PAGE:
If you’re brewing more coffee at home these days, you might want to experiment a little. Pour-over brewing allows you to control the variables that impact cup quality, rather than letting a machine do it for you.
There’s a whole world of pour-over devices out there. Below is a recipe for a Hario V60 – an easy access point for at-home experimentation.
In recent years, V60’s have become a common at-home pour-over brew method. It is a cone-shaped brewer that is easy to-use and great for brewing coffee for one. V60’s have a ribbed interior that is meant to improve airflow during the brewing process. This helps your (coffee) water draw down into the cup more evenly across the brew basket, which can help improve the taste of your coffee.
Best brewing results come when you use a goose-neck kettle to apply hot water to the coffee grounds. The kettle design allows you to have more control when you pour hot water over the coffee.
Brewing a Hario V60: The Basics
Cup Size: 6 oz. to 12 oz.
Brew Time: 2 ½- 3 ½ Minutes
Water Temp: 195-205 Fahrenheit
Coffee-to-Water Ratio: 1: 15-18 (adjust to taste)
Grind Size: Medium-Fine
Stuff You’ll Need to Brew
- Coffee! (Fair Trade, organic preferred)
- Water Kettle (goose-neck if you have it)
- Grinder (Always Peferable)
- V60 – 01 or 02- either plastic or ceramic
- V60 Filters (these should correspond with your 01 or 02 device)
- Coffee Mug
- Pre-Heat Water.
- Calculate your Brew Recipe.
This sounds fancy, but it’s really straight-forward. Basically, you will brew one gram of coffee to 15-20 grams of water. First, decide what you want your brew ratio to be (a 1:15 ratio produces a strong cup of coffee because it uses less water. A 1:18 ratio is weaker, because it uses more water). Then, choose a coffee weight and multiply that number by 15-18. As an example, let’s say we will brew 15 grams of coffee at a 1:15 brew ratio. Multiply 15 times 15 to get your water weight of 225 grams. Your brew recipe then is 15 grams of coffee with 225 grams of water.
- Weigh and Grind Coffee.
Weigh out 15 grams of coffee. Grind at a medium-fine grind- something a little finer than what you’d use on an at-home Mr. Coffee-type brewer. If that grind-size is not possible, work with what you have.
- Place Filter in V60 & Place V60 on top of your Mug.
Fold the creases of the filter before inserting it into the mug. This helps it sit snugly in place in the brewer.
- Pour a Small Amount of Hot Water Over Empty Filter.
Your filter should get almost entirely wet and the hot water should empty into the mug, pre-heating it before you brew.
- Discard Water.
Pick up the V60 and pour out the hot water.
- Add Ground Coffee to V60.
Add 15 grams (or your preferred amount) of ground coffee into the pre-wet filter.
- Gently Shake the V60 & Return it to your Mug.
When shaking the V60, you want to level the coffee grounds so the top is a flat, even surface.
- Place Mug and V60 on top of Scale and Tare.
You want your scale to read zero grams when you begin to pour.
- Confirm Your Water is Hot (ideal is 195F-205F) and
Begin Pouring Gently, Getting all Coffee Grounds saturated.
If you are using a timer, begin it as you start pouring hot water.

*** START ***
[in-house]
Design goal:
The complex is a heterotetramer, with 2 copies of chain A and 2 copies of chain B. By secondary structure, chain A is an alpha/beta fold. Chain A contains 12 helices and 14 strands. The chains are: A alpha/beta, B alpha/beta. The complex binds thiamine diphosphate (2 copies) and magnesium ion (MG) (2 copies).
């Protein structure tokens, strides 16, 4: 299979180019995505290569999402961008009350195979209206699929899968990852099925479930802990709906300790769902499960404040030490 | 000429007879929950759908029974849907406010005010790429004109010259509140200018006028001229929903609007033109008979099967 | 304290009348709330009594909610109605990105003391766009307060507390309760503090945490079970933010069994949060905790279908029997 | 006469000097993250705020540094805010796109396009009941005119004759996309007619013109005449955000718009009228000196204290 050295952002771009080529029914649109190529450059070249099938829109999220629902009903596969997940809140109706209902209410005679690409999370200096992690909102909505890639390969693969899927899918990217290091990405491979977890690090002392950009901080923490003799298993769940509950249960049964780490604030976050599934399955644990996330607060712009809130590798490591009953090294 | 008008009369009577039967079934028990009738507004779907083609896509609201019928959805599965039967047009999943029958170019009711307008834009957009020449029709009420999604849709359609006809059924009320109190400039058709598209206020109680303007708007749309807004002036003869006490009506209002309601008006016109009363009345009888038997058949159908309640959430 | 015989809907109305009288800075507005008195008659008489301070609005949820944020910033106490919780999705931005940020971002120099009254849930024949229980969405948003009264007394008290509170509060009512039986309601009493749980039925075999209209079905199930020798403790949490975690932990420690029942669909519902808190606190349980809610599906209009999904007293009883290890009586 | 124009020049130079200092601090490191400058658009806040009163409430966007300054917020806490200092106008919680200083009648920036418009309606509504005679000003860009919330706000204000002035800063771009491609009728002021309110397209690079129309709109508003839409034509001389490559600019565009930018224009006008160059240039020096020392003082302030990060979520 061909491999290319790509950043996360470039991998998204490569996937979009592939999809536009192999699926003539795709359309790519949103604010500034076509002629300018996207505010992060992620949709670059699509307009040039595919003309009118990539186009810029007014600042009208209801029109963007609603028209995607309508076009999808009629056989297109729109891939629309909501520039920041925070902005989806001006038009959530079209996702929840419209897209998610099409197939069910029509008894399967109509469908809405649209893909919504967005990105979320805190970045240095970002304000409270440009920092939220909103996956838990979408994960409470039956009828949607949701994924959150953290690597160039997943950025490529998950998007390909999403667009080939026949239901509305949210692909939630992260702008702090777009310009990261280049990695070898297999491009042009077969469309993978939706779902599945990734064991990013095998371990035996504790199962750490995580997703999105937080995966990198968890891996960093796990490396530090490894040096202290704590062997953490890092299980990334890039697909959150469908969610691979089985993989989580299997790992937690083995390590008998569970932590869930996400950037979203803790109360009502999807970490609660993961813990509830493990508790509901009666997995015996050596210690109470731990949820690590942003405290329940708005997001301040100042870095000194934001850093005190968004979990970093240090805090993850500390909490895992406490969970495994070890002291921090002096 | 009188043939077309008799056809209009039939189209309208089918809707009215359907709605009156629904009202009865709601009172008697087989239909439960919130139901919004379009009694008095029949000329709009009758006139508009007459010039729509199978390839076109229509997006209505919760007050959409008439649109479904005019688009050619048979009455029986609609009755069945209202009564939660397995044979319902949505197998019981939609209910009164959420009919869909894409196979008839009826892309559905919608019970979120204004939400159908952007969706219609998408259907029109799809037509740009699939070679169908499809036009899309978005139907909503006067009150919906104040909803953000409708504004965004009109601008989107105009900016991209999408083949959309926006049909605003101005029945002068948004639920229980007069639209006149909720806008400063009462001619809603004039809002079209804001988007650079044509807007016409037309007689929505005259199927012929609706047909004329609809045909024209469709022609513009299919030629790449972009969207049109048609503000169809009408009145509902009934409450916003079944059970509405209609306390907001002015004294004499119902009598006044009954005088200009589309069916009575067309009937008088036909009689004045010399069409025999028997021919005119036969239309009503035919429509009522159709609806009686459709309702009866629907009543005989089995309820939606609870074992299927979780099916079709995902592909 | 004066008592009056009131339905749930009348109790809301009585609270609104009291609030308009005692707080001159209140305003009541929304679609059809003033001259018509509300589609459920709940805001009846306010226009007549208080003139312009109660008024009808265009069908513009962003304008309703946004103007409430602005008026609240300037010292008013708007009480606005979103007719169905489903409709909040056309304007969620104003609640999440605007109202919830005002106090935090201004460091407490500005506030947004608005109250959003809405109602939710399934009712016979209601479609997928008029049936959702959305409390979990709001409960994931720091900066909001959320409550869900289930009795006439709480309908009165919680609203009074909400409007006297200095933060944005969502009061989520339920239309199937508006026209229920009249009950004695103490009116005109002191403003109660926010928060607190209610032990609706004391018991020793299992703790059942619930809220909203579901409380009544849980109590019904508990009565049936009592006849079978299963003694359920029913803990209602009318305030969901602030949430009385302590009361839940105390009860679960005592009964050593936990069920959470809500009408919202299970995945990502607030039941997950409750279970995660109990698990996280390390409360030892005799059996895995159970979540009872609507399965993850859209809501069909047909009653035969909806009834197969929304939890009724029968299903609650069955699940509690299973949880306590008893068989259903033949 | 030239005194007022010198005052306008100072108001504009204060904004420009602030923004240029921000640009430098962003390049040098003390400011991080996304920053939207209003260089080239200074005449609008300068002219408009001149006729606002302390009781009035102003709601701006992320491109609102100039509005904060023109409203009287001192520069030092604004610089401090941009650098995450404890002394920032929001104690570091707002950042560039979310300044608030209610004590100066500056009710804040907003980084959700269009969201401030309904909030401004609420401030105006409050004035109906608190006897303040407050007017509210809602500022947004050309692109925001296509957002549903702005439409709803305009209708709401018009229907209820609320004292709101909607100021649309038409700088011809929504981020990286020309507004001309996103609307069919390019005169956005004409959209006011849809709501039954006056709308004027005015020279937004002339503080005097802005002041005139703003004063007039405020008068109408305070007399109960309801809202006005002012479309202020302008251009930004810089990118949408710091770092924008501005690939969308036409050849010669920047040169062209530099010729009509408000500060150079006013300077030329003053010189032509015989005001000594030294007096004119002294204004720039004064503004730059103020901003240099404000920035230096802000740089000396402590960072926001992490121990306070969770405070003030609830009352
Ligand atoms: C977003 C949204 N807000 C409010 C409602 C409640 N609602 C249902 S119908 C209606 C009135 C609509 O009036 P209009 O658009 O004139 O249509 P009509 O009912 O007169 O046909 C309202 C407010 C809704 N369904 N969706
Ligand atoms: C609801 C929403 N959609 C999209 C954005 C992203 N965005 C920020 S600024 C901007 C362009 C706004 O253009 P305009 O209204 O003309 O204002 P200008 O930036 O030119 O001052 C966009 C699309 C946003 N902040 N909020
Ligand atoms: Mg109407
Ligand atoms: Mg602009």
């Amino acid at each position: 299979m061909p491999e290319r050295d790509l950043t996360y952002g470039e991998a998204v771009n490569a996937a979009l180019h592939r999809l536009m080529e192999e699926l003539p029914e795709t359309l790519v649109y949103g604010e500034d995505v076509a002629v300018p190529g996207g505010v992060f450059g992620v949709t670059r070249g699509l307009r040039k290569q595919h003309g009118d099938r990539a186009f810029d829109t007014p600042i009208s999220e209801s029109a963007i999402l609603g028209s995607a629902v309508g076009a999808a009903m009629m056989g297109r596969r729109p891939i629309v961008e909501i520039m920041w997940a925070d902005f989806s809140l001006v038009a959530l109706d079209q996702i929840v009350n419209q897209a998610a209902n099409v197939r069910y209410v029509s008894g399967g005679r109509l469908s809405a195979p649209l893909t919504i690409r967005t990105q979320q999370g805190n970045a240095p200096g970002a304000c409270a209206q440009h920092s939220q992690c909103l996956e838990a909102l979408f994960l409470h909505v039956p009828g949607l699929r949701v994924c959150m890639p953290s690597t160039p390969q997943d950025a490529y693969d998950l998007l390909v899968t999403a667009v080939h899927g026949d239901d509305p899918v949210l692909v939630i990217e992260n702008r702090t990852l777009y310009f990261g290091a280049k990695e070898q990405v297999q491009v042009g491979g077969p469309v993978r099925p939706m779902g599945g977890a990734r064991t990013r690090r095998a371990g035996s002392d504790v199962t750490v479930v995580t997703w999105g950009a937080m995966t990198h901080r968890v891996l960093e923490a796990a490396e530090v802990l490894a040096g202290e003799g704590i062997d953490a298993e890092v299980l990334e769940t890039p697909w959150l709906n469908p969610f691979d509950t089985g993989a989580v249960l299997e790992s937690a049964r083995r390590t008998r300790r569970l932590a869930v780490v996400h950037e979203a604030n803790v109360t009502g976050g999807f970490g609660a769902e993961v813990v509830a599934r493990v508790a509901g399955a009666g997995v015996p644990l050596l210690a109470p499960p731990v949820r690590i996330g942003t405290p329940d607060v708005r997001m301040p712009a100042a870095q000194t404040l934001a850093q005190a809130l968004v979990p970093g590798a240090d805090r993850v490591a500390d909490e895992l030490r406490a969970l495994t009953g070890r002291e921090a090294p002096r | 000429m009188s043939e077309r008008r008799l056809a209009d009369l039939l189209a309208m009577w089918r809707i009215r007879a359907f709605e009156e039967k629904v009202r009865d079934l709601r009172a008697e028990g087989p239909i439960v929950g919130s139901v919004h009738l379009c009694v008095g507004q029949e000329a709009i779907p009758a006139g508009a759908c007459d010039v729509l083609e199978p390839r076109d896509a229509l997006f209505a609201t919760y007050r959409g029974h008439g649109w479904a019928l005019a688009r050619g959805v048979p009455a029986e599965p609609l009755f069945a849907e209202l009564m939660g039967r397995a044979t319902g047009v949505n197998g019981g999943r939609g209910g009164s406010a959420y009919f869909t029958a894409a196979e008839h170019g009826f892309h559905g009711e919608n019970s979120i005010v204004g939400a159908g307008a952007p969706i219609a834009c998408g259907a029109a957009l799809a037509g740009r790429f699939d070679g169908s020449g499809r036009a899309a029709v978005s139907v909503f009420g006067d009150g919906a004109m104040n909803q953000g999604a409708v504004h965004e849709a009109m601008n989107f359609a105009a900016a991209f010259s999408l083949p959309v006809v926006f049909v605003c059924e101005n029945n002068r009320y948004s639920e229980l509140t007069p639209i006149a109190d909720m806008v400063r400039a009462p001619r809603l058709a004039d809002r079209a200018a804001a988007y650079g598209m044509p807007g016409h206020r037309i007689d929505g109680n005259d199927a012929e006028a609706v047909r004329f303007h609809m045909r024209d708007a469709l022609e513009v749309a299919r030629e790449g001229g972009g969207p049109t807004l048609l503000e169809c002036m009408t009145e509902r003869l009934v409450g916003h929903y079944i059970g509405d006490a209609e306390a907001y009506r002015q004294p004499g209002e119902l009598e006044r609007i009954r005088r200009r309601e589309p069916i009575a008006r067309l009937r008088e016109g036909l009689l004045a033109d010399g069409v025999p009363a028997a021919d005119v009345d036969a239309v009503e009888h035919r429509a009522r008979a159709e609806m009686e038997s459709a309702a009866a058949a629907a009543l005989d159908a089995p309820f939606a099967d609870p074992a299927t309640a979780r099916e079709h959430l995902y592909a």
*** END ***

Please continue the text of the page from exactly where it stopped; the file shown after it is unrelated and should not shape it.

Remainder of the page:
- Stop Pouring when your Scale Reads about 45 Grams.
Here, you will be allowing your coffee to bloom. This allows the carbon dioxide that is trapped inside the coffee beans to escape. (If your coffee is freshly roasted, you’ll see it bubbling out of your brew bed). Letting CO2 escape allows for a more even extraction as you continue your brew.
- Let bloom for 30 seconds.
- After a 30-second Bloom, Slowly Add the Rest of the Water in a Gentle Spiral.
Do not let water level rise above initial bloom.
- Stop Pouring when you Reach Your Desired Water Weight.
In this example, you’d stop pouring when your scale reads 225 grams.
- Remove the V60 & Admire your Brewed Baby!
- When it’s Cool Enough to Drink, Observe What you Like or Don’t like about the Brew.
- Enjoy with Satisfaction! and/or Troubleshoot for your next Brew.
Troubleshooting your V60 Brew:
- If the resulting brew is too sour or grassy, add more water. Multiply coffee weight by 17 and brew again.
- If the resulting brew is too woody or burnt, use less water. Multiply by 14 and brew again.
- If your brewing time is running long, use a coarser grind.
- If your brewing time is too fast, use a finer grind.
- If your bed is “high and dry,” meaning that coffee grounds are caked around the sides of the filter after brewing, you are pouring too much water in the center. Try to use a smooth, spiral motion so that your used coffee bed has a flat surface after it drains. The more even the coffee bed, the more even the coffee extraction, and the better cup quality.
Experimenting with Grind-Size
You might also decide to keep your original recipe the same, but experiment with grind-size.
Coarsening the grind will expose less coffee surface area to water, meaning you might get a “less intense” or “less bold” cup. Making the grind-size more fine, exposes more surface area to water, meaning you will extract more out of the coffee. A finer grind will pull more natural acids and flavors out of the coffee, but if it’s too fine, it might be too much.
Check out our Home Coffee Brewing FAQ’s as a reference for future experiments.
Brew What you Like
In the end, brewing coffee is a delicate balance of a number of variables. The key is finding what you like and replicating it for you.
Below is a recent Facebook live session with Coffee Education Coordinator Hannah Mercer. Follow along as Hannah brews one of her favorite coffees- Colombia Medium Roast from Fondo Paez on a Hario V60 from home.
Hannah Brews Hario V60 from Home